Sender: Topic: China: "socialist market economy"
Green Left Weekly
Posted on 2/09/2005 14:20

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Excerpt:

*25.* Since the Fourteenth Congress of the Communist Party of China in
1992, the officially declared aim of the state authorities has been the
creation of a "socialist market economy", to be achieved through the
dismantling of the post-capitalist state-owned and nationally planned
economy that came into being as a result of the expropriation of
bourgeois property in industry, banking and commerce in the early 1950s.
This perspective was reaffirmed and deepened at the Fifteenth CPC
Congress, held in September 1997. In his unanimously approved report to
the congress, Chinese President Jiang Zemin declared that the CPC's aim
is the rapid privatising of the ownership of most medium-sized and all
small state-owned enterprises through "joint stock partnership or
sell-off", while converting some 512 major state-owned enterprises into
"highly competitive, large enterprise groups with transregional,
intertrade, cross-ownership and transnational operations".
>From the point of view of Marxism, the concept of a "socialist market
economy" is a theoretical absurdity. A socialist economy is an economy
in which the production and supply of goods is consciously regulated by
society to directly meet the needs of its members through the socially
planned allocation of productive resources. The precondition for this is
that means of production are collectively owned by the dominant social
body (the public power representing all members of society).
By contrast, a market economy exists in a society in which material
production is regulated in a socially unplanned manner through the
mechanism of generalised exchange according to the law of value (which
adapts the production and supply of goods to social demand
[WINDOWS-1252?]indirectly—that is, independently of society's conscious choices—through
successful and unsuccessful exchanges between autonomous producers).
Such an economy is a result of the fragmentation of social labour among
[WINDOWS-1252?]separate (private) owners of society's productive resources—whether this
is recognised in law or not.
Such fragmentation of social labour, of course, also characterised
socioeconomic formations in which petty commodity production prevailed,
that is, in which the direct producers (peasants, artisans) owned their
own means of production. But a market economy is one in which commodity
production is generalised, that is, in which the majority of direct
producers no longer own their means of production and are therefore
compelled to sell the only productive resource they have (their labour
power) to a private owner of means of production. A market economy is a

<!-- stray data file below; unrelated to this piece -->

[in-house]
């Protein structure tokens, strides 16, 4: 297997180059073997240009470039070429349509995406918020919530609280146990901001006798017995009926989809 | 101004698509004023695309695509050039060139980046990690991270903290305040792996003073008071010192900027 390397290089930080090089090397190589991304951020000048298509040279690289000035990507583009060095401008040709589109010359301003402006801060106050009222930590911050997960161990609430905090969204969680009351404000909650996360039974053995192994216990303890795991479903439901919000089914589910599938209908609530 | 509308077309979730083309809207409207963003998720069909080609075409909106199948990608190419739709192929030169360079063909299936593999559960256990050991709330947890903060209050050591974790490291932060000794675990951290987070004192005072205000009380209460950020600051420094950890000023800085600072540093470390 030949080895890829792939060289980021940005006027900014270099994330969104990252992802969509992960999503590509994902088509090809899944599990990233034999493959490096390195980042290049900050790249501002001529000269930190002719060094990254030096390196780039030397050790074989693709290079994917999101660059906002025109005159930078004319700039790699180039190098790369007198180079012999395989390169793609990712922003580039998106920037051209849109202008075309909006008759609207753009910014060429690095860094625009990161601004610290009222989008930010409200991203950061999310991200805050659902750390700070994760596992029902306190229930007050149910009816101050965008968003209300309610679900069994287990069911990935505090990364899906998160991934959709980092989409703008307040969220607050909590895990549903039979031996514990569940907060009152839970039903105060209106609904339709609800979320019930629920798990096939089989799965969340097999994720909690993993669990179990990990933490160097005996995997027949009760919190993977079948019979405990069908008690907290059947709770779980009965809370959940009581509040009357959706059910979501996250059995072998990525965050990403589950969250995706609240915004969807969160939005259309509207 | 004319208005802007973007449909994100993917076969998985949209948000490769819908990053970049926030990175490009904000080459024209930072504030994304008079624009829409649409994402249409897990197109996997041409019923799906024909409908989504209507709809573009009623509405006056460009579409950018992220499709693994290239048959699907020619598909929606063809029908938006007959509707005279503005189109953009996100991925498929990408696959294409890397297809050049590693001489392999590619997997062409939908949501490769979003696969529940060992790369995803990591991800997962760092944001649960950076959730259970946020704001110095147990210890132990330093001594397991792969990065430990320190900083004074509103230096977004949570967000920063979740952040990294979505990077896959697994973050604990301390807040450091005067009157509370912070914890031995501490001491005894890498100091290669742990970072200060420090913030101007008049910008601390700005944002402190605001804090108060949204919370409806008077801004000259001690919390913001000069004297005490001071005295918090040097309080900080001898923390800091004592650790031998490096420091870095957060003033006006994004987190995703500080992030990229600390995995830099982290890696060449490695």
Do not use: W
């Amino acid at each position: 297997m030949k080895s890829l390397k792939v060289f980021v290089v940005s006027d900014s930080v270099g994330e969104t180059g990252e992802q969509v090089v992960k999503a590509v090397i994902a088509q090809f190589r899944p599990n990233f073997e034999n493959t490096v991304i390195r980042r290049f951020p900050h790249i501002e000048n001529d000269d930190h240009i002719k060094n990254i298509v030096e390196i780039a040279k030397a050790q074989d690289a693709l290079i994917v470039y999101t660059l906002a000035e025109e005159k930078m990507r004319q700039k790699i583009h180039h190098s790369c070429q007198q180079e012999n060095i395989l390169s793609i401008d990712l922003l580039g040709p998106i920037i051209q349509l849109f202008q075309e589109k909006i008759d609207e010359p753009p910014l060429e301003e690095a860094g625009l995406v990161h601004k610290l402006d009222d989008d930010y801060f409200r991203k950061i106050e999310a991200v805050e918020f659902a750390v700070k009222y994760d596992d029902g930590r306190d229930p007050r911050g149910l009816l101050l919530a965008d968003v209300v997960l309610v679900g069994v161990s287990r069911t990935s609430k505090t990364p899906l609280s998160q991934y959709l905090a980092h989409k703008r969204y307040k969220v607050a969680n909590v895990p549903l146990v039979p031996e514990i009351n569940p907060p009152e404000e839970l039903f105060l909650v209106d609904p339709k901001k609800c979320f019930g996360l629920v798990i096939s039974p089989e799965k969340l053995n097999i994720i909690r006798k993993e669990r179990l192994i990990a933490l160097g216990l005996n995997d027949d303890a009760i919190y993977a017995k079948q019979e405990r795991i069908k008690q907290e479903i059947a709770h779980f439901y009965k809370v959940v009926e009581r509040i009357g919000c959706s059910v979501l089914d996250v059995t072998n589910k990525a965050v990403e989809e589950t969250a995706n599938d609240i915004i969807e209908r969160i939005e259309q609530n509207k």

capitalist economy.

*26.* In the period since the Fourteenth CPC Congress in 1992 approved
the goal of creating a "socialist market economy", the share of
state-owned enterprises in gross industrial output has fallen from 53
per cent to 34 per cent. Most industrial, agricultural and commercial
activity is no longer directed by the central state authorities, and the
central planning system has been converted into a series of compromises
between the state banks and the state-owned industrial enterprises. More
and more state economic assets have been transferred into the hands of
joint stock companies owned by government officials. Even the army has
set up its own businesses, operating more than 400 factories producing
refrigerators, TV sets and passenger aircraft for the domestic and
overseas market.
The top officials in the central government have set their children up
in private and quasi-private businesses in mainland China and in Hong
Kong; vast numbers of lower ranking government officials in the coastal
provinces and those with family business connections in Hong Kong have
gone into private and quasi-private business ventures with Hong Kong,
Taiwanese and Western capitalist investors. The increasing business ties
that were established after 1989 between the ruling Chinese bureaucracy
and the big capitalists in Hong Kong provided the economic basis for the
latter's enthusiastic support for the integration of Hong Kong's fully
capitalist political and economic system into the state structures of
the People's Republic of China in 1997.

*27.* The turn by the ruling bureaucracy in China toward sanctioning the
transformation of the petty-bourgeois stratum that constitutes the
commanding personnel in the organs of state power into owners of
bourgeois property, like the somewhat earlier turn in the same direction
by the ruling bureaucracies in the Soviet Union and eastern Europe,
marks the final triumph of bourgeois reaction within the state
structures of these societies and the end of any activity on their part
to defend the nationalised, planned economy as a source of their power
and income. The state power these bureaucracies command has ceased to be
"a weapon of proletarian dictatorship". It has become an instrument for
the suppression of the resistance of the working class to the
reintroduction and defence of capitalist property relations. These
regimes are no longer highly deformed expressions of proletarian state
power. They are now/ capitalist states/.


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